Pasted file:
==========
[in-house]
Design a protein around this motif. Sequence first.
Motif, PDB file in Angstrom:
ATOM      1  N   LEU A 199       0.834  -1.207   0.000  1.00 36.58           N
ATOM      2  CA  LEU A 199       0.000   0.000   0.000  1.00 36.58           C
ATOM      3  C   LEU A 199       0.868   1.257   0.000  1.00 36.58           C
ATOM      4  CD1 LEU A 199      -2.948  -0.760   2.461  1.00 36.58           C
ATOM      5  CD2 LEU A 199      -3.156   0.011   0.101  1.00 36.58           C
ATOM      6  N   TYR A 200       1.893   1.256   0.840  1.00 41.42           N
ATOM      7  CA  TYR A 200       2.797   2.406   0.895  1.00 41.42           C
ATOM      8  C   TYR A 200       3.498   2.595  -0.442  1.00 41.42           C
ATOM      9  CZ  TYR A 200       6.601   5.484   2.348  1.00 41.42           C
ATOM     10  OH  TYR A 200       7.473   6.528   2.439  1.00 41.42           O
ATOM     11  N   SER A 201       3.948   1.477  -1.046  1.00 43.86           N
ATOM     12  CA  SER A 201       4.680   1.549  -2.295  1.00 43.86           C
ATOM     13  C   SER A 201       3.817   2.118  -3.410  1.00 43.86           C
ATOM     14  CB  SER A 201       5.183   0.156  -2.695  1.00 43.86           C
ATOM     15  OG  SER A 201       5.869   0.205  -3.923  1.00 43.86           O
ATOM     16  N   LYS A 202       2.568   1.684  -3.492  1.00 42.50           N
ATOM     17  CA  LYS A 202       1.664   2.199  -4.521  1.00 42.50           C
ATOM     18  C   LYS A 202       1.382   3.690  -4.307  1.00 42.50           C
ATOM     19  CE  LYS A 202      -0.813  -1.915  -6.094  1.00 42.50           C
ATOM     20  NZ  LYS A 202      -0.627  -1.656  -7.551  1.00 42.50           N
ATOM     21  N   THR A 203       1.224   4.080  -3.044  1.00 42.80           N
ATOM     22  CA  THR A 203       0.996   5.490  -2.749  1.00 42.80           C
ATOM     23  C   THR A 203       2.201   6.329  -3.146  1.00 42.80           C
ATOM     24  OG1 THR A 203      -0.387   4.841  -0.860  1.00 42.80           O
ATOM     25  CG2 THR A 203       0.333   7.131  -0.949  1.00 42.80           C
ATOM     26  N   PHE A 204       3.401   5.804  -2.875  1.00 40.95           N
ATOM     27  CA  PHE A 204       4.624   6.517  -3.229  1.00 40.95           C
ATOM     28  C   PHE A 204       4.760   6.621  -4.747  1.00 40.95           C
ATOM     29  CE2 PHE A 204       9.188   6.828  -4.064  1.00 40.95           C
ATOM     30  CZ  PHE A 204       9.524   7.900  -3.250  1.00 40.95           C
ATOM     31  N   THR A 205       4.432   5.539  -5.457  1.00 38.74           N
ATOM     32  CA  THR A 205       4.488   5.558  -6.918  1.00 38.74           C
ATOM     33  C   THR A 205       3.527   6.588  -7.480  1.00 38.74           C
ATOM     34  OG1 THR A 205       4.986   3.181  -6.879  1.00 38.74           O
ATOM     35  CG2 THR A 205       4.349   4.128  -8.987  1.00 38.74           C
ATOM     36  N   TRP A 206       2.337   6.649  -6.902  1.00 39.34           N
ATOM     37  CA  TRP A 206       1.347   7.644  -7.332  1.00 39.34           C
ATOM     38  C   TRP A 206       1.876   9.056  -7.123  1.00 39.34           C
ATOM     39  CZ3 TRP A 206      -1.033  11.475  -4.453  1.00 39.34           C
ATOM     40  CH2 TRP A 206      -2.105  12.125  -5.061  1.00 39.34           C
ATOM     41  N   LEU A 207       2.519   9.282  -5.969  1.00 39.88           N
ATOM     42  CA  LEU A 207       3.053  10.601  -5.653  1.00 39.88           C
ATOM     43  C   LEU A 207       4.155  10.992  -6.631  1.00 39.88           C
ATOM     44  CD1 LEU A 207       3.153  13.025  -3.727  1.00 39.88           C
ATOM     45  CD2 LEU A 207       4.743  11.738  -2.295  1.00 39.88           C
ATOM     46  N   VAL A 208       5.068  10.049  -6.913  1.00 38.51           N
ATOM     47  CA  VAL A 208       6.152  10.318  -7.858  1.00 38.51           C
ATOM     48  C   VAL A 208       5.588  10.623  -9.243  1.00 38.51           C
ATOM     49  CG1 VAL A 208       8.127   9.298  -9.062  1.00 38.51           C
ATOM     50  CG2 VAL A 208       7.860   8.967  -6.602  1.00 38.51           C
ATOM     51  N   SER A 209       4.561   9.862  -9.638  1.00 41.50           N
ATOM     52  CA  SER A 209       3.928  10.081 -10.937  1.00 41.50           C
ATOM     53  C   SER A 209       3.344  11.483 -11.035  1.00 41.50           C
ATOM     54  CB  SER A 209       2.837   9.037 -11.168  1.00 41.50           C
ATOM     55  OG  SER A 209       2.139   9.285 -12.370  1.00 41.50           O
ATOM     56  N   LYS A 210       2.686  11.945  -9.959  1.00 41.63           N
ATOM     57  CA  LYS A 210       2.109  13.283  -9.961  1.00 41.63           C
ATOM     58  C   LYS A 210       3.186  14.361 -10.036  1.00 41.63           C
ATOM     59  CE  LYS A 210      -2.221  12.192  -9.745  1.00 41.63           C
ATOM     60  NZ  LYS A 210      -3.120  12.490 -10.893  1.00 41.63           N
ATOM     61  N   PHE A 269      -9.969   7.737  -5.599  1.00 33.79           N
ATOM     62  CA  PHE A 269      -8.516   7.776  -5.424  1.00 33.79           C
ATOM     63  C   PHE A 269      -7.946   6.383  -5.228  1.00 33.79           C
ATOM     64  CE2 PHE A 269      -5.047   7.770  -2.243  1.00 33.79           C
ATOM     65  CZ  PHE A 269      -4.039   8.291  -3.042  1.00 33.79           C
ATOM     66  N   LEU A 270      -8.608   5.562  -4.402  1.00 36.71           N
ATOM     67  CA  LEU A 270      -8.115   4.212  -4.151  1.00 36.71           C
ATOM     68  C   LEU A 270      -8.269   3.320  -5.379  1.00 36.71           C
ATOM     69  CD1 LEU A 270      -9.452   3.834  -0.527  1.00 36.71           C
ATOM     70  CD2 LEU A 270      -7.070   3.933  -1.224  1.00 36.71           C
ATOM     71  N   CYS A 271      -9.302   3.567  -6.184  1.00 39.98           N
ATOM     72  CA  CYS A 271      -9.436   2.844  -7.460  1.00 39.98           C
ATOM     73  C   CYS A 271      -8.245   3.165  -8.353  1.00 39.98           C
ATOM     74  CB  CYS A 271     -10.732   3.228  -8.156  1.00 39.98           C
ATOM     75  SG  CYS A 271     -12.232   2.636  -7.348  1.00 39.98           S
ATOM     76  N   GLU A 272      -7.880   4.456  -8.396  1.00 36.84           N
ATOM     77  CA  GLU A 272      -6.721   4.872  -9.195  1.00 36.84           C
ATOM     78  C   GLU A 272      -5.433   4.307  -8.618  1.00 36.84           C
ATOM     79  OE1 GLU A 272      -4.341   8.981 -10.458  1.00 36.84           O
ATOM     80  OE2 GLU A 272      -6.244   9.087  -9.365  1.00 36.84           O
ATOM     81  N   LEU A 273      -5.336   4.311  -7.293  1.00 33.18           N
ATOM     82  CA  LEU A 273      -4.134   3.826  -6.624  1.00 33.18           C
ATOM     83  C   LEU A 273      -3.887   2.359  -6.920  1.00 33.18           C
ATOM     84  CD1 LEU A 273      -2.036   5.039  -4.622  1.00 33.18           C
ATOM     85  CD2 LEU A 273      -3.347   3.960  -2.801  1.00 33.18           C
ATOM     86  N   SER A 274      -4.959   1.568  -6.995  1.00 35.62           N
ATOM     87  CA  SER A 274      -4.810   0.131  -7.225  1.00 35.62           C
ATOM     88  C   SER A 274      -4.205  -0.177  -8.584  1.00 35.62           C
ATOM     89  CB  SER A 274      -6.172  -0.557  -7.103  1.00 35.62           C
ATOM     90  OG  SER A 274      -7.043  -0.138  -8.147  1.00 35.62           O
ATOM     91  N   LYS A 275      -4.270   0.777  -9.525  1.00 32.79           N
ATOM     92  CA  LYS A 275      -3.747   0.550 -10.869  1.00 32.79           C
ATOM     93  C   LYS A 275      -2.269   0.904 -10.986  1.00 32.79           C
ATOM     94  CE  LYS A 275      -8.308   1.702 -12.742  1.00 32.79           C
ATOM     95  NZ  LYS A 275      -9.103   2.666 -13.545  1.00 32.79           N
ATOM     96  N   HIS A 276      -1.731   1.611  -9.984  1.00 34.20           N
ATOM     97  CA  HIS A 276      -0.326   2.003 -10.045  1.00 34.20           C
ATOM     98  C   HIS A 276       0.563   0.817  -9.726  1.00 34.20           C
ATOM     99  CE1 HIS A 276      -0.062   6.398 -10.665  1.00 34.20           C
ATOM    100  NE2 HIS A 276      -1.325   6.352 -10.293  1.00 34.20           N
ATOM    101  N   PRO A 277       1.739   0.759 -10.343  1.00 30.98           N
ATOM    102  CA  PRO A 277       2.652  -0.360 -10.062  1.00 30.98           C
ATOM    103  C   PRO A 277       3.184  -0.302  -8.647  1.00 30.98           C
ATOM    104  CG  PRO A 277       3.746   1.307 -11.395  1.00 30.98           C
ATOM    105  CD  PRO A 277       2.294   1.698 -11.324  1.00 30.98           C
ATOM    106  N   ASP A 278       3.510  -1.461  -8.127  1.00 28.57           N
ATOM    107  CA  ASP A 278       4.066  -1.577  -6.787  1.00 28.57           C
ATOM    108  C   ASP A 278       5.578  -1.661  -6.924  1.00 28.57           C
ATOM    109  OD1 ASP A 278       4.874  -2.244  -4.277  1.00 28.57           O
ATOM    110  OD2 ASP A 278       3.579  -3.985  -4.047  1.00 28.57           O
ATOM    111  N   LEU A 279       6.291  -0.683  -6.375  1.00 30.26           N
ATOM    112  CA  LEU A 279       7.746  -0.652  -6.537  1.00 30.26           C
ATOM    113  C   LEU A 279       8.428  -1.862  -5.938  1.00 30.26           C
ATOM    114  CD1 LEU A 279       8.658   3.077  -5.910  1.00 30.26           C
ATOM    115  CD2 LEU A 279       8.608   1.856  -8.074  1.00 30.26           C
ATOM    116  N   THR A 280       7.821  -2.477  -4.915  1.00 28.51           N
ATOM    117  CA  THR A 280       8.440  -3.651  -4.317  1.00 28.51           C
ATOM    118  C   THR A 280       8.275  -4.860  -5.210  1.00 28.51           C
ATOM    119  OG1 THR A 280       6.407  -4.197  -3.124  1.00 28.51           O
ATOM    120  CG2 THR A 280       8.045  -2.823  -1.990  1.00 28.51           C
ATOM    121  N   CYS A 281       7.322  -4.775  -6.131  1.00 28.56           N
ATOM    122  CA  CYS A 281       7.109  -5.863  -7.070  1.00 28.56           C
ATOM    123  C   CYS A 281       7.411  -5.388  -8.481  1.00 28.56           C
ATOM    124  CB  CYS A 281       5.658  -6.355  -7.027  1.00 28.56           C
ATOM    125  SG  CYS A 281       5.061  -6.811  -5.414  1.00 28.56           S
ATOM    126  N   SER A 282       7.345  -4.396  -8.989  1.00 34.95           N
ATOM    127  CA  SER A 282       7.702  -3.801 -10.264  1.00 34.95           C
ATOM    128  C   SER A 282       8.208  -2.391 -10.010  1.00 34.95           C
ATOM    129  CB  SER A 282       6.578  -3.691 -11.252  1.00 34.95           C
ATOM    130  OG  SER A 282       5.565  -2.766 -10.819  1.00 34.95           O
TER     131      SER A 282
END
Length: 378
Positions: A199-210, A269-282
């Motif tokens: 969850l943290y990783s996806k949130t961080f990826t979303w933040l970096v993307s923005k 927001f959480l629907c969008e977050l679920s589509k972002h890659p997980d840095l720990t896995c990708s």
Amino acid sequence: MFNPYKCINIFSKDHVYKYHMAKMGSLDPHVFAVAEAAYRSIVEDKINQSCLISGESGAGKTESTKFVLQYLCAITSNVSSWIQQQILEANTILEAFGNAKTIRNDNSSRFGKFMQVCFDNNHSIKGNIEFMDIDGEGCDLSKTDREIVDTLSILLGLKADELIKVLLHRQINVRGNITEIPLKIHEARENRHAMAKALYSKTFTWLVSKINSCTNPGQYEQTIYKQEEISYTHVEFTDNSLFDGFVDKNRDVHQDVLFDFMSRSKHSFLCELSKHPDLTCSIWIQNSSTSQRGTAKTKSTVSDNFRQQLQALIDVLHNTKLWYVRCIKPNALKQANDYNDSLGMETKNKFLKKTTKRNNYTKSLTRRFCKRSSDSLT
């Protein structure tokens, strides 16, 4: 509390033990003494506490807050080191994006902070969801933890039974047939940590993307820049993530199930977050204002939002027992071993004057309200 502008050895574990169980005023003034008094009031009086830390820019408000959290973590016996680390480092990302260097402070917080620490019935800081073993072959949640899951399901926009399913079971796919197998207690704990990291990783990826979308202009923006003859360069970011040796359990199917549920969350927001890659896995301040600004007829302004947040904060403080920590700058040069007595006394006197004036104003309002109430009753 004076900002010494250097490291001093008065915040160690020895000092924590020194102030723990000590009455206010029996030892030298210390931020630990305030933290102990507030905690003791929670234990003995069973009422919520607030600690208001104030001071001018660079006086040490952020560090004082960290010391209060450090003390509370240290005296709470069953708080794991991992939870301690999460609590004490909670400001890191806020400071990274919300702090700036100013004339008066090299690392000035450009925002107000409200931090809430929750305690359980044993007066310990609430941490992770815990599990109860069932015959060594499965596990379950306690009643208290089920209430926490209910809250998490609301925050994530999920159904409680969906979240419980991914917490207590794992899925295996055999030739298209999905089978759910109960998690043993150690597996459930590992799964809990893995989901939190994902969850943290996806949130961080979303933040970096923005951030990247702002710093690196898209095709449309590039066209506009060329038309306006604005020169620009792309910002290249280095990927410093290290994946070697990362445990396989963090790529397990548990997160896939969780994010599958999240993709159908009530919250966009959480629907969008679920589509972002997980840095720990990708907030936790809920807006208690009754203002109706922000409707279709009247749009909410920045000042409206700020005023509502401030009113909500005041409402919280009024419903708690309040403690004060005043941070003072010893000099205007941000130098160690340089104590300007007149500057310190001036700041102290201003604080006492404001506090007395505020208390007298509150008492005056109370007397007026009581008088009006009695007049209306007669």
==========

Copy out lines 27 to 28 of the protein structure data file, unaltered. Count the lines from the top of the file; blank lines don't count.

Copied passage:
ATOM     24  OG1 THR A 203      -0.387   4.841  -0.860  1.00 42.80           O
ATOM     25  CG2 THR A 203       0.333   7.131  -0.949  1.00 42.80           C